In addition to researching comparable homes, make sure to document any repairs or upgrades made throughout the year before submitting an appeal. These improvements could significantly lower what you owe come tax time. 

Every year, millions of homeowners file appeals to have their property taxes lowered. The appeal process is fairly simple and can result in significant savings if successful. If you feel like your home is being over-assessed, then filing an appeal might be a good option for you. 

3. Take Advantage of Exemptions and Credits 

Many states offer exemptions and credits designed to help homeowners lower their property tax bills. For example, some states offer exemptions for veterans and senior citizens that can reduce their tax burden significantly. Some states also allow homeowners to deduct their mortgage interest payments from their total tax bill each year. 

Additionally, many states provide homestead exemptions that allow homeowners to reduce their taxable value of their homes by up to 50%. It’s important to do your research into local laws and regulations to make sure that you are taking advantage of any deductions that are available in your area. Be sure to contact your local assessor’s office for more information about available exemptions and credits.

4. Pay Your Taxes Early and Avoid Penalties

Some local governments will offer discounts if you pay all or part of your property taxes early each year. So it literally pays to keep an eye out for these deals from time-to-time. This could be a great way to save money over time if you have the financial flexibility and capacity to pay ahead. Just remember, though—make sure you read all terms and conditions carefully before taking advantage of any early payment discounts as some restrictions may apply!  

Some jurisdictions will impose penalties if property taxes go unpaid or late payments occur. This can add up quickly and significantly reduce the amount of savings from other measures taken above against one’s property taxes. To avoid this situation, it’s important that homeowners stay organized and pay their taxes on time each year so that they don’t incur any additional fees or fines as a result of late or nonpayment.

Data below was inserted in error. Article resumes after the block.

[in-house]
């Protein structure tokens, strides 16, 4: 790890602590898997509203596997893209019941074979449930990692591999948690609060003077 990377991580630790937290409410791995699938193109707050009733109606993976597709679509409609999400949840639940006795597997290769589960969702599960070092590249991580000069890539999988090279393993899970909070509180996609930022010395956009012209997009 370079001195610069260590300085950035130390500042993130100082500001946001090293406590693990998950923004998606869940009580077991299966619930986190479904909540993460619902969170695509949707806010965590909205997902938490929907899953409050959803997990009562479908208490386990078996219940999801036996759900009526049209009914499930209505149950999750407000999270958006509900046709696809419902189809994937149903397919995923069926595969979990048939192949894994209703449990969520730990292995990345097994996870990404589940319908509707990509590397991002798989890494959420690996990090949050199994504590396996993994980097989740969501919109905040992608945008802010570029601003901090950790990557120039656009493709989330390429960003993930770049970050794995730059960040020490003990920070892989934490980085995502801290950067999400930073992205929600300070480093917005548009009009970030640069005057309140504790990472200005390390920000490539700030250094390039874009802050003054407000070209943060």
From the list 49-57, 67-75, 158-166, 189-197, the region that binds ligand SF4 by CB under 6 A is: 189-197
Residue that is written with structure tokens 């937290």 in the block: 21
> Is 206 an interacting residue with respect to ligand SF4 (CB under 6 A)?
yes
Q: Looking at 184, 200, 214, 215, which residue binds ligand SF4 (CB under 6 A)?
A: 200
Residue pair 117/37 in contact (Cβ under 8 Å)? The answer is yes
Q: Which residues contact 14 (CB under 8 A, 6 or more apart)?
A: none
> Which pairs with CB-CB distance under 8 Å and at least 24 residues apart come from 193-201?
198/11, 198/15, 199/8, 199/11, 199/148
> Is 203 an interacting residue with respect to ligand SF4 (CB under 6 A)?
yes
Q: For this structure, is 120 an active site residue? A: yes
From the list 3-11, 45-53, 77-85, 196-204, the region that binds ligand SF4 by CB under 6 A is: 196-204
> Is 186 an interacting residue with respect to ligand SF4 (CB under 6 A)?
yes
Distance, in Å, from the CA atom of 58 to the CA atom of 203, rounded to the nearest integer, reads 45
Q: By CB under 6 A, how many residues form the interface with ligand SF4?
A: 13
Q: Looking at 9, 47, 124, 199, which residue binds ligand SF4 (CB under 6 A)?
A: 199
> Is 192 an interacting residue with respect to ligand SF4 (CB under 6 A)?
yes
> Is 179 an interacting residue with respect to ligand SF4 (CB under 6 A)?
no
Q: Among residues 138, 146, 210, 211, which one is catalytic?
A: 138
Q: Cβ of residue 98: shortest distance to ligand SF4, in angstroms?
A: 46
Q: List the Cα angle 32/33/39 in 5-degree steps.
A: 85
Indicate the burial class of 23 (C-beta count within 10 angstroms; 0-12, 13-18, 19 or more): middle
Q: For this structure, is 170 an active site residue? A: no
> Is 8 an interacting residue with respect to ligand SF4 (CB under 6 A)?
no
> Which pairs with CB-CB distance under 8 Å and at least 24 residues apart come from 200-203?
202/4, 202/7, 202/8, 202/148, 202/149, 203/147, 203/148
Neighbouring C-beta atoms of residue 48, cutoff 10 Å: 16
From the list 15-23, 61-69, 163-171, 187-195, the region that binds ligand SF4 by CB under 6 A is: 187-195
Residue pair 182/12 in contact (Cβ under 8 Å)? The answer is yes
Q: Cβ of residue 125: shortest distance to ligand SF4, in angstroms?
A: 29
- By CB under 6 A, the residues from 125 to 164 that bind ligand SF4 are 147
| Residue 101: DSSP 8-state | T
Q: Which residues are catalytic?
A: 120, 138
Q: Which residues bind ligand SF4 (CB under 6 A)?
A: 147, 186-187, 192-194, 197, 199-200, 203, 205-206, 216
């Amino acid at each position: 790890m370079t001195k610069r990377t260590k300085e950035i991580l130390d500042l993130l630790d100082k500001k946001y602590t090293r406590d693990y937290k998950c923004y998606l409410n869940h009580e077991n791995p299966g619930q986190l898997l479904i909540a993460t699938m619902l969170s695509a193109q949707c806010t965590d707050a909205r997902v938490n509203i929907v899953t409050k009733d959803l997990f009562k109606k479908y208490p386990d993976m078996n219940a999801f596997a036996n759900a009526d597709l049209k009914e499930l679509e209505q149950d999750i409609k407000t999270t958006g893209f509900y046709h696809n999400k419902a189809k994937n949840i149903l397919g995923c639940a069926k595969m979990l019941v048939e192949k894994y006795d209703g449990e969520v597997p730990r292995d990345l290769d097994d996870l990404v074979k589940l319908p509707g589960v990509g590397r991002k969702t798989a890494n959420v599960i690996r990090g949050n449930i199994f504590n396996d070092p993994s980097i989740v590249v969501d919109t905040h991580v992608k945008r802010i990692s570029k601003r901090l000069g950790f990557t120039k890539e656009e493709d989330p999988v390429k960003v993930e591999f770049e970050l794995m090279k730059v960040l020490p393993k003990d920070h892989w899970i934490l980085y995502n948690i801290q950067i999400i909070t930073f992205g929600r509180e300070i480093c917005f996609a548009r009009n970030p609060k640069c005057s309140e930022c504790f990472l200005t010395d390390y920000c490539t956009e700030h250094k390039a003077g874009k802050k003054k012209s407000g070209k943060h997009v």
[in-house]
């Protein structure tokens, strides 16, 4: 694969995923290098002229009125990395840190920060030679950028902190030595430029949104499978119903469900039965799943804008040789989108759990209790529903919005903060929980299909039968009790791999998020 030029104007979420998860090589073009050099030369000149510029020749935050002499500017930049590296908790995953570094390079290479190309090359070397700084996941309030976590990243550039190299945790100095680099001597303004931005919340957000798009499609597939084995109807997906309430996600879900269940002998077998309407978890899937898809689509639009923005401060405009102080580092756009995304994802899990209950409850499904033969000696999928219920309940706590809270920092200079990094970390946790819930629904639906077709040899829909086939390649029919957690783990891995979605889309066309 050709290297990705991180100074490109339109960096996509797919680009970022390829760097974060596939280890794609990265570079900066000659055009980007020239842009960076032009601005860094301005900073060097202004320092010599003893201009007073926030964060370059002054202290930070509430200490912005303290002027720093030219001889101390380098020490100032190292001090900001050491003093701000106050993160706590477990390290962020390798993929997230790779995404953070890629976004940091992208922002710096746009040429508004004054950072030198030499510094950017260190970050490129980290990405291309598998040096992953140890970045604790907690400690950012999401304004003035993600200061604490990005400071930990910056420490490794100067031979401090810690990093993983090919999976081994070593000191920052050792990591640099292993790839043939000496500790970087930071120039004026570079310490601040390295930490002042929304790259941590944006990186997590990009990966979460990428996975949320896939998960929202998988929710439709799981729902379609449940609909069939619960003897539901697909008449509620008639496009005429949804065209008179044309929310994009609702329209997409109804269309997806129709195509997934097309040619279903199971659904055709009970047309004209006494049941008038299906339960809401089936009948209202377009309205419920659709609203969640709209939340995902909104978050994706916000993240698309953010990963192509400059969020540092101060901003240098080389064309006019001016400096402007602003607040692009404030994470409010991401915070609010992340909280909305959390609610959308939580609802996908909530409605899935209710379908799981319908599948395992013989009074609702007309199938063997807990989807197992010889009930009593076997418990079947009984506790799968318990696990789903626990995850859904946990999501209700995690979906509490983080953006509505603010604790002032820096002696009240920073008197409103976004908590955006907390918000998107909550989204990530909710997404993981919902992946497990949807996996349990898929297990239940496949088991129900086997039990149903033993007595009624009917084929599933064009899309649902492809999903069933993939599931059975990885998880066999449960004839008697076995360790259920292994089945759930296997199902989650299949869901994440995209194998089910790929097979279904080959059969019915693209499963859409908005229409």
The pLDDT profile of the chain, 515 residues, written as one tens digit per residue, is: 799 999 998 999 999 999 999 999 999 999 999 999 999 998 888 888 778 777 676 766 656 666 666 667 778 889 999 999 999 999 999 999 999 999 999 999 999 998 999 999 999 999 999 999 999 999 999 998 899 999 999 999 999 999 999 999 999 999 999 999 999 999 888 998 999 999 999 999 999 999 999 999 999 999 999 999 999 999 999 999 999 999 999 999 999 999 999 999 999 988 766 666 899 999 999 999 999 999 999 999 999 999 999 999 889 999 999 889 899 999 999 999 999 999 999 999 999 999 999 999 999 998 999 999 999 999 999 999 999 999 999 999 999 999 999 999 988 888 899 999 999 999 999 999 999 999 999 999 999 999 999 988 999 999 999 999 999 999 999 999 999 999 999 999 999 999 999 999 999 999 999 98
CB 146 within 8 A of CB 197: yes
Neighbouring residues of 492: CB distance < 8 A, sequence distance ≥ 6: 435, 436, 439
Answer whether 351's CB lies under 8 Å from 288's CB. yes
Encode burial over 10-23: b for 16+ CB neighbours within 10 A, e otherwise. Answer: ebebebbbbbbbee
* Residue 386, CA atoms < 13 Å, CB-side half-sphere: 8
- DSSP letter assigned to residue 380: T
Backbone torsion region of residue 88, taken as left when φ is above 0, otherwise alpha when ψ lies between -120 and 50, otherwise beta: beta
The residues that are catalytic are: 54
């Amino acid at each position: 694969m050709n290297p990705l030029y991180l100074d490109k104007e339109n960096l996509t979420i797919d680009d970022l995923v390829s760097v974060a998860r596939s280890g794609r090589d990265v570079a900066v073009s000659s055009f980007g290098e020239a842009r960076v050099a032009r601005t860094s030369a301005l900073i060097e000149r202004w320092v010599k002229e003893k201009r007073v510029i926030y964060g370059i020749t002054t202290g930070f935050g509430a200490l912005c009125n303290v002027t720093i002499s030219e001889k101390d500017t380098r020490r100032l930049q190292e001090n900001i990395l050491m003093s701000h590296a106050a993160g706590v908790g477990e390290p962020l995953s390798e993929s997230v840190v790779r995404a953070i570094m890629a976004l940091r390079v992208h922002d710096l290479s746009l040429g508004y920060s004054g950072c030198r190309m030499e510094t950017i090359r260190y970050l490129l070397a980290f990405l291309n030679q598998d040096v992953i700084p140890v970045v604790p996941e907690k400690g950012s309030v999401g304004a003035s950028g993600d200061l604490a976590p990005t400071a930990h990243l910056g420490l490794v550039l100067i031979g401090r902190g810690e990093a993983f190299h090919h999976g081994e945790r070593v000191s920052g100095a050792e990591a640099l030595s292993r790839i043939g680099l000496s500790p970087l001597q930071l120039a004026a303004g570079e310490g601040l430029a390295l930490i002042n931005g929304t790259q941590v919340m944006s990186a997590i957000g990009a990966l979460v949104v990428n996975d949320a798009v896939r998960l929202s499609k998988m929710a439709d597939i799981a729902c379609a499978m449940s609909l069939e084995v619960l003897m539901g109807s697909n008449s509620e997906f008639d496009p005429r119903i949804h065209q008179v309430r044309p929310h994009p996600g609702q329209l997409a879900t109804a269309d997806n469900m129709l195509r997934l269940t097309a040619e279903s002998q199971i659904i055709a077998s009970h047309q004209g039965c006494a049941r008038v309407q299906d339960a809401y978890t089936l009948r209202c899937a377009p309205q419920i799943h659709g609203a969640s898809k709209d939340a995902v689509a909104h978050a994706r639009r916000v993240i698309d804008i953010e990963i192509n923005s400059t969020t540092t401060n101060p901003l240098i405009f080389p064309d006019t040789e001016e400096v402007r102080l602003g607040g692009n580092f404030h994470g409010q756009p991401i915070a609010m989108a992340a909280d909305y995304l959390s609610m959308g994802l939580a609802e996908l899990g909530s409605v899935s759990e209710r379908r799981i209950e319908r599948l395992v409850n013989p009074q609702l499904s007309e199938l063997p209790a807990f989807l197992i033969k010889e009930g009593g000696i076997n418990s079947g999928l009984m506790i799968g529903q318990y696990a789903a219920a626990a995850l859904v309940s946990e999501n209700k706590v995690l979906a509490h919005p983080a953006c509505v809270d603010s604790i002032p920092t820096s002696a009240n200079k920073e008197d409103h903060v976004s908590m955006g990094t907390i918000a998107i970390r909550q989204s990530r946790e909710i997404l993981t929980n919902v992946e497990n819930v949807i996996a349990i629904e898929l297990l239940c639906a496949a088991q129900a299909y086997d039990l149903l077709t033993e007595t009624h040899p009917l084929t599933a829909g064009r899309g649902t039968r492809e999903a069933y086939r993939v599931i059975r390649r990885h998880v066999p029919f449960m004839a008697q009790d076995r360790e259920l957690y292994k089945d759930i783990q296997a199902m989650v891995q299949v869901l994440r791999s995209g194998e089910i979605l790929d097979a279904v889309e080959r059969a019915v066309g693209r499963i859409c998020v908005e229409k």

5. Negotiate with Your Local Assessor’s Office 

Lastly, don’t underestimate the power of negotiation. If you feel like your property tax bill is too high, consider reaching out directly to the assessor’s office. Speaking with someone who can work with you on finding a solution or alternative payment plan, works better for everyone involved. Negotiation never hurts—and it might just help you save some money along the way. 

Save Money on Your Home with Lower Property Taxes

No one likes paying more than they have to—especially when it comes to their property taxes. Fortunately, there are steps homeowners can take when it comes time for their annual assessment to help them get cash back.

Lowering your property taxes doesn’t have to be complicated, with a little bit of research and knowledge about how the system works, it’s possible to save money on what would otherwise be a large expense each year.